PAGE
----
It is very easy to sit in judgment of the people who lived in other times and places. In the final analysis, every man and woman, when weighed on the scales will be found wanting. That is true of me, and it is true of my ancestors, too. Alex Haley claimed in his book, Roots: The Saga of an American Family, that John Waller of Virginia, one of my mother's set of ancestors, owned his ancestor, Kunta Kinte. Some things are lacking in Haley's research, but according to mine, everyone of my ancestors on both my father's and mother's sides, who were alive during the War Between the States, owned slaves . . . everyone of them!
American slavery was not modeled after that of the Old Testament, and it was brutally unbiblical in regard to marriage in particular. However, to say that slavery was the sole issue in that war is to betray ignorance of the facts of history. Slavery ended in America as a result of that war, and that is very good. But how it ended was not good, and so many of America's current problems can be traced back to that, including the erosion of our U.S. Constitution. As I assess Abraham Lincoln, I find striking parallels between him and some more modern Presidents -- his acts freeing certain slaves during that war were the calculated moves of a politician and especially designed to keep Great Britain from helping the Southern cause. Lincoln also favored state sponsored terrorism and the use of total war, as practiced by some of his general staff. The state terrorism of Union general, William Tecumseh Sherman, did not end at Appomattox Courthouse on April 9, 1865, but was continued in the U.S. genocide of the Native Americans of the Western Plains.
In the final analysis, there is only one hero in history, the Lord Jesus Christ; all the rest are deeply flawed. Below is a speech that I gave at our community's annual Holocaust Memorial Service under the sponsorship of Congregation Gemiluth Chassodim and the Central Louisiana Ministerial Association. It was held in our sanctuary. Curiously, the next day our local newspaper ran a story about the Ku Klux Klan leader from South Louisiana; the paper reported that he called me "the son of the anti-Christ." _________________________________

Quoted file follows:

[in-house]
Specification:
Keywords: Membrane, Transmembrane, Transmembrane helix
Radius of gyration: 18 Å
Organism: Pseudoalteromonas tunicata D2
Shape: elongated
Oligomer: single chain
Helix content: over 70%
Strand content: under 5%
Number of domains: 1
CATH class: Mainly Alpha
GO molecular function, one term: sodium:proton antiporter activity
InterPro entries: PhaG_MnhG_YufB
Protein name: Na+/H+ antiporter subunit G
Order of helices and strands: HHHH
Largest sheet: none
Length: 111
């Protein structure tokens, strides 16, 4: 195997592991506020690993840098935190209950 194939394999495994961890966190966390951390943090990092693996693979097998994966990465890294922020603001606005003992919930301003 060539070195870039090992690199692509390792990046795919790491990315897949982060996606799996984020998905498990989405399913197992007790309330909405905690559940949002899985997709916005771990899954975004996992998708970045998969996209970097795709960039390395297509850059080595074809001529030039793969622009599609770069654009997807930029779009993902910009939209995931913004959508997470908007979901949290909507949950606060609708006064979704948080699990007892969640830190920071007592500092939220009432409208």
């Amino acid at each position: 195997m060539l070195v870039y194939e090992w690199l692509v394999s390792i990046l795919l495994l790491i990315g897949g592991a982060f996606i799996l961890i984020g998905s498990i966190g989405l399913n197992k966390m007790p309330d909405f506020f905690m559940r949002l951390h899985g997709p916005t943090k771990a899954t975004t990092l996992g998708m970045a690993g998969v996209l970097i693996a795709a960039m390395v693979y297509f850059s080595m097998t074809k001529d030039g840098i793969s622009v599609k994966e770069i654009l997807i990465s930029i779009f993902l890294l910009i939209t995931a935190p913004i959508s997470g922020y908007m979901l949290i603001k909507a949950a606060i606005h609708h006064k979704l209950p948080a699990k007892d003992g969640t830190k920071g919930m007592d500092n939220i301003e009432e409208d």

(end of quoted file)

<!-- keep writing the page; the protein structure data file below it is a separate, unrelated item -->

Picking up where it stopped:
People Like Me
The thing that frightens me the most about the Nazi Era is that it involved people like me. It isn't the concentration camp victims that I'm talking about; it's the Nazis themselves.
We don't like to think of ourselves that way; we like to imagine that the insanity of the Third Reich was an aberration, an odd exception in human history. Because the Nazis did monstrous things, we tend to think of them all as monsters and distance them from the rest of humankind. But they were people like me.
By and large, they loved their children; they worked hard, were brave and patriotic. Many went to church. The society that gave birth to Nazism was not a medieval throwback. No country was more scientifically advanced; no people better educated. They were patrons of the arts. The German Protestant Church was the most liberal church in Europe. That's what frightens me: the people that did these barbaric things were not barbarians. They were cultured and enlightened. They were people like me.
What's so frightening about that is that it can happen again, that in spite of multiplied Holocaust Memorials, in spite of people crying, "Never Again," it can happen again. Indeed, it probably will happen again. That's the lesson of history. Our species is notorious for singling out scapegoats to purge from our ranks, whether it's the Jews of Warsaw, the Palestinians of Hebron, or the Muslims of Sarajevo. It can always be justified by the mesmerizing demagogue.
I am a descendant of slaveholders. As far as I can tell from my family history, they were decent, loving people. How did such people justify so brutal an institution as slavery? I do not know. I only know that I, too, am capable of blindly rationalizing great evil. What amazes me about history is not all the bad things that bad people did; it's the bad things that "good" people did, people like me.
That's why I fear Nazism -- because it's not so far away. It's always lurking, not just out there, but inside me, too. To believe that those who are different from me are less than human is not a thought that is foreign to our species. It is a thought that embraced in desperate times leads to death camps and ovens. It is a thought that can be embraced by people like me
what incredible insight into the heart of even men who walked alongside the teachings of the bible. So evident is the horrible and ever lurking conclusions of a man in the guise of an angel of light with the tyranny of a demon from hell.